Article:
Big Dipper

The Big Dipper is an "asterism" -- a group of stars that forms an easy-to-see pattern, but that's not a constellation in its own right. It forms the body and tail of the constellation Ursa Major, the big bear. The Big Dipper is found in the northern sky, and the outer stars in its bowl can be used to "point" to Polaris, the North Star.

Radio Programs

Bear’s Nose The shiny nose of the great bear Sunday, May 10, 2015
Rising Dipper A brief disappearance for the Big Dipper Sunday, December 7, 2014
Outcast Star A stellar outcast in the Big Dipper Tuesday, July 22, 2014
Bear’s Lodge Looking down from the Big Dipper Saturday, April 19, 2014
Dubhe A bright orphan in the Big Dipper Saturday, February 15, 2014
Water Carriers Starry vessels in the midnight sky Thursday, August 8, 2013
Alkaid Anchoring the Big Dipper Sunday, July 28, 2013
Megrez Holding together the Big Dipper Saturday, July 27, 2013
Star Wheel Whirling around the North Star Wednesday, May 1, 2013
Bear Watcher Keeping an eye on the big bear Monday, August 27, 2012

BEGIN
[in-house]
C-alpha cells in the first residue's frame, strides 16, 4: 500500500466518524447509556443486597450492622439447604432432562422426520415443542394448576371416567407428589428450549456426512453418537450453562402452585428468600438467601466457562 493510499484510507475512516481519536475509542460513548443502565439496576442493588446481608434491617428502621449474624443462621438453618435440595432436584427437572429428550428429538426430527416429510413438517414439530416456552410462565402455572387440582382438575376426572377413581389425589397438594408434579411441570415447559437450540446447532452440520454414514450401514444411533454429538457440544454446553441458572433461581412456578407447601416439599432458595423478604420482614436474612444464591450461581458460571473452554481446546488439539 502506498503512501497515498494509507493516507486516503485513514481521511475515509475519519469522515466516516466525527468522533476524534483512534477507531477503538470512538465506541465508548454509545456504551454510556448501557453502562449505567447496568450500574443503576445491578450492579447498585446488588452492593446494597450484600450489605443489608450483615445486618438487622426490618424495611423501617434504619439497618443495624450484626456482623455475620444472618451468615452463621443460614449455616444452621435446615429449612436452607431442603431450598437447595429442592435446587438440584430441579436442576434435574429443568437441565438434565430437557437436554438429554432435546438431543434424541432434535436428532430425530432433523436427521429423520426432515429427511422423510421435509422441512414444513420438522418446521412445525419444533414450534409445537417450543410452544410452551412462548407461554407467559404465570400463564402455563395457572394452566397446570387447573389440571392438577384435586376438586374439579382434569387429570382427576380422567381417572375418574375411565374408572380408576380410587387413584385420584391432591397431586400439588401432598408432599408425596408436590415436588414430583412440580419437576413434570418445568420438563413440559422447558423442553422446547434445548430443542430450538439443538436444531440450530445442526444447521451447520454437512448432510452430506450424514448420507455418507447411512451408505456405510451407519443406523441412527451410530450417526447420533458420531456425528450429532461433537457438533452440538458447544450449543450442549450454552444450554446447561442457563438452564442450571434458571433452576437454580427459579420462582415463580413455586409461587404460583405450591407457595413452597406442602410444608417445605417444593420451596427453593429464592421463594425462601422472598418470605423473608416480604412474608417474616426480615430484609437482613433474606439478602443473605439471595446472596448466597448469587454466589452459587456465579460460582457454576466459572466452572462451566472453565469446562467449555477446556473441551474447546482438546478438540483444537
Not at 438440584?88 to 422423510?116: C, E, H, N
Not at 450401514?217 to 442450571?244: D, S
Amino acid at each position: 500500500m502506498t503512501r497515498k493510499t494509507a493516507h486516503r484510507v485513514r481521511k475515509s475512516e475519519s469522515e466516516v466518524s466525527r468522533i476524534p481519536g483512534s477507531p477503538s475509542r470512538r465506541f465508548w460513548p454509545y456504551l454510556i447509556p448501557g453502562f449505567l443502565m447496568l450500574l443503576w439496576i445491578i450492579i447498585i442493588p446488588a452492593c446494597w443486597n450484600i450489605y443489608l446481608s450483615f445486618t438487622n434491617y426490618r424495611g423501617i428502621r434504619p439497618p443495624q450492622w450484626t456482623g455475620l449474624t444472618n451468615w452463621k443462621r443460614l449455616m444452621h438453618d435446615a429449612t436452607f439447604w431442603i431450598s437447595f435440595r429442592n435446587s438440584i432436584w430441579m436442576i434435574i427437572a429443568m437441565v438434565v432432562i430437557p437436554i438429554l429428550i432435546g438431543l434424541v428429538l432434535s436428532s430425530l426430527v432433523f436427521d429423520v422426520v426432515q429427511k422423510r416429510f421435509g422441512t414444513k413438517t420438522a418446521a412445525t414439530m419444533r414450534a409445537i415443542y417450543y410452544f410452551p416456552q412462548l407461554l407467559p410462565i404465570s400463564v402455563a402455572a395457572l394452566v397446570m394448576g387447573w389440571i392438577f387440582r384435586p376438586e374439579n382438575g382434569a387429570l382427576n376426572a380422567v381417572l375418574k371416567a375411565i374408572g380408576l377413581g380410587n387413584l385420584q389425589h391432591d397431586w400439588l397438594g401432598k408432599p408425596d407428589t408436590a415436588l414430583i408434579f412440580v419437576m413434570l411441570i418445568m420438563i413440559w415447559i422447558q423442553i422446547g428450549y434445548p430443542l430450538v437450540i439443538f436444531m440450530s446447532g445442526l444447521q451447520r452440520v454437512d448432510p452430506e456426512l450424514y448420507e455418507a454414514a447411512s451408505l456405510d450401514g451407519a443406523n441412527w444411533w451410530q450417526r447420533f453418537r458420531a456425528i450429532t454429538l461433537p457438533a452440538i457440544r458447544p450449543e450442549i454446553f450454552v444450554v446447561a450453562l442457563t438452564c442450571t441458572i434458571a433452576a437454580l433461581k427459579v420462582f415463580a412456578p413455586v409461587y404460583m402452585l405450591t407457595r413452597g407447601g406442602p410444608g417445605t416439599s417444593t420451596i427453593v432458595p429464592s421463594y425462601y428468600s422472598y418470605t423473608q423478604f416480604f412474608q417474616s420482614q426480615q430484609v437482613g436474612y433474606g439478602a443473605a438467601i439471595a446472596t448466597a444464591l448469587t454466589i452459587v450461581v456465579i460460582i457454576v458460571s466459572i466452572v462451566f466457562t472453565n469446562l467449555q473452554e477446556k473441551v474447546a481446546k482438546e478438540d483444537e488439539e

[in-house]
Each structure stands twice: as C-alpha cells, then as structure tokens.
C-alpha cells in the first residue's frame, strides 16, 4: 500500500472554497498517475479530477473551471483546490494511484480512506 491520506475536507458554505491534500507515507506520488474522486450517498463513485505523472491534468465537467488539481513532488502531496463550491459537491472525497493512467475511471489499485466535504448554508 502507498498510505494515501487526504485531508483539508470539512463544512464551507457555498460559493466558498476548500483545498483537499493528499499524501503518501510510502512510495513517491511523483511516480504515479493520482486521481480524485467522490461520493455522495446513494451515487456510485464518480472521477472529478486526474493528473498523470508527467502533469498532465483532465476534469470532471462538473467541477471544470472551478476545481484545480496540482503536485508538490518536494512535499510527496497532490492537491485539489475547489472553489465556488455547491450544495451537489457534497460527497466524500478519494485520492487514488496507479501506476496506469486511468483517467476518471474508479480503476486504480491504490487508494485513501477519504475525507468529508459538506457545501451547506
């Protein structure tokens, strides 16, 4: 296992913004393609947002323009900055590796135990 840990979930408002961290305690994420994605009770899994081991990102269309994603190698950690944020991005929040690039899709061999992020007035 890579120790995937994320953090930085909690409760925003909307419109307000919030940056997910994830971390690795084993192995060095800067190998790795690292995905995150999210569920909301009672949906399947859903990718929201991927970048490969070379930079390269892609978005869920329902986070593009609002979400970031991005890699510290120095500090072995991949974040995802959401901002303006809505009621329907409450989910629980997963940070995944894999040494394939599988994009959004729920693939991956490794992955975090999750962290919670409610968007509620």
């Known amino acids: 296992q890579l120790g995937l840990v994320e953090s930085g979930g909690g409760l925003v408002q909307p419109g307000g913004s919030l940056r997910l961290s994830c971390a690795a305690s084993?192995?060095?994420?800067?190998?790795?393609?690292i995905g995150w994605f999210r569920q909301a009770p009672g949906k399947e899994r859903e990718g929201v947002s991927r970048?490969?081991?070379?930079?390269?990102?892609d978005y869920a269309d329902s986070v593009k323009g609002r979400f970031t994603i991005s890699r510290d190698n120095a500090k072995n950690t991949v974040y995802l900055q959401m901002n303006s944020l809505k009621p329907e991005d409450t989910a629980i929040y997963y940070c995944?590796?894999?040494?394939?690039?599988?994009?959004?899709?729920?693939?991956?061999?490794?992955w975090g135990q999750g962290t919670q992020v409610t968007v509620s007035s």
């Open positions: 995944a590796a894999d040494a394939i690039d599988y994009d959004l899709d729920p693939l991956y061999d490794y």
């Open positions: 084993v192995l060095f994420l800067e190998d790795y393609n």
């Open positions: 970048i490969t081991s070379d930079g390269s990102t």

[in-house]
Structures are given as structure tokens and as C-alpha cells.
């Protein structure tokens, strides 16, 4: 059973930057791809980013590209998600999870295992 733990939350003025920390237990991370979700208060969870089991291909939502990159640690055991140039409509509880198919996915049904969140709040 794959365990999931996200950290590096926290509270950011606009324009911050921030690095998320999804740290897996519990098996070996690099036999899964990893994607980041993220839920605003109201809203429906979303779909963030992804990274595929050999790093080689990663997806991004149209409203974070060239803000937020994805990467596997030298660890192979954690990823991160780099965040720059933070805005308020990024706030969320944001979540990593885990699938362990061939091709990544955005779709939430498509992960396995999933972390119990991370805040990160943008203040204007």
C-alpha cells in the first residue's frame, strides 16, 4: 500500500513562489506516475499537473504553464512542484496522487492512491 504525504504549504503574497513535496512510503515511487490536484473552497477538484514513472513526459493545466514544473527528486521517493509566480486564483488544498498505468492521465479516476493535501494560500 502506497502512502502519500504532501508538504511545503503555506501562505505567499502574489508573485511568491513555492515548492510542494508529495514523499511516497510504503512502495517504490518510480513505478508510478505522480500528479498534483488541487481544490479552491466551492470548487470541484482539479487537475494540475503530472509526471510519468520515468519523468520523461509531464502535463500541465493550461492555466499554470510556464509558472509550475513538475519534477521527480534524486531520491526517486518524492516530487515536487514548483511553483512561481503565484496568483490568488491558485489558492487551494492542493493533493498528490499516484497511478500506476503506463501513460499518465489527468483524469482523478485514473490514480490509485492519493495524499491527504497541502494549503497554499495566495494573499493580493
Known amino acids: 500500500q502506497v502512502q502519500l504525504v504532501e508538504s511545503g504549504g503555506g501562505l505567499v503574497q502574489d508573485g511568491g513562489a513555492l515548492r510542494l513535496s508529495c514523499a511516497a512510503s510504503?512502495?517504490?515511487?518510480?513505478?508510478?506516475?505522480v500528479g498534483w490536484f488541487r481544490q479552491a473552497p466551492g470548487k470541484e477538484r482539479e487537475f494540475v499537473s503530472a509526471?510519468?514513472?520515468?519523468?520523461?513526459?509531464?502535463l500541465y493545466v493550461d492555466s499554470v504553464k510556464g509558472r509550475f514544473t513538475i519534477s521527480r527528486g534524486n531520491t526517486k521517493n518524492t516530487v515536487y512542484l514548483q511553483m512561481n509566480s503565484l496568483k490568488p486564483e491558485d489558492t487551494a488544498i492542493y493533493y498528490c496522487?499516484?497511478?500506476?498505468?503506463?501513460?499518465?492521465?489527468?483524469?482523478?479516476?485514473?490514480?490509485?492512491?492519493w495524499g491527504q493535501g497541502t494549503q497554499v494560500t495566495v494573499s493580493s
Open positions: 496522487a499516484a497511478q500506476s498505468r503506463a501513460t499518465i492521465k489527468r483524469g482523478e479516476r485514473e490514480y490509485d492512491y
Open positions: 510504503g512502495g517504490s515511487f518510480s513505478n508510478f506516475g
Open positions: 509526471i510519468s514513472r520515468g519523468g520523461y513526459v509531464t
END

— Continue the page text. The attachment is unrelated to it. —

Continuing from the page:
Bear’s Nose The great bear’s shiny nose Sunday, May 27, 2012
Dueling Dippers Stirring up the starry night sky Friday, February 10, 2012
Moving Dipper A stellar family spreads out Friday, February 25, 2011
Changing Skies Looking forward to the Big Handivac Thursday, February 24, 2011
Dubhe Skies as different from ours as night and day Wednesday, February 23, 2011
Alkaid The "leading" star of the Big Dipper Tuesday, February 22, 2011
Celestial Clock Ticking off the hours of the night Monday, January 31, 2011
Mizar and Alcor Galloping across the northern sky Saturday, June 19, 2010
Boötes Plowing a furrow among the stars Wednesday, May 26, 2010
Alkaid Getting a handle on the Big Dipper Sunday, May 9, 2010
Double Dippers Dipping into the mythology of the sky Saturday, April 3, 2010
Closest Black Hole? A record-setting stellar neighbor Tuesday, March 23, 2010


©2015 The University of Texas McDonald Observatory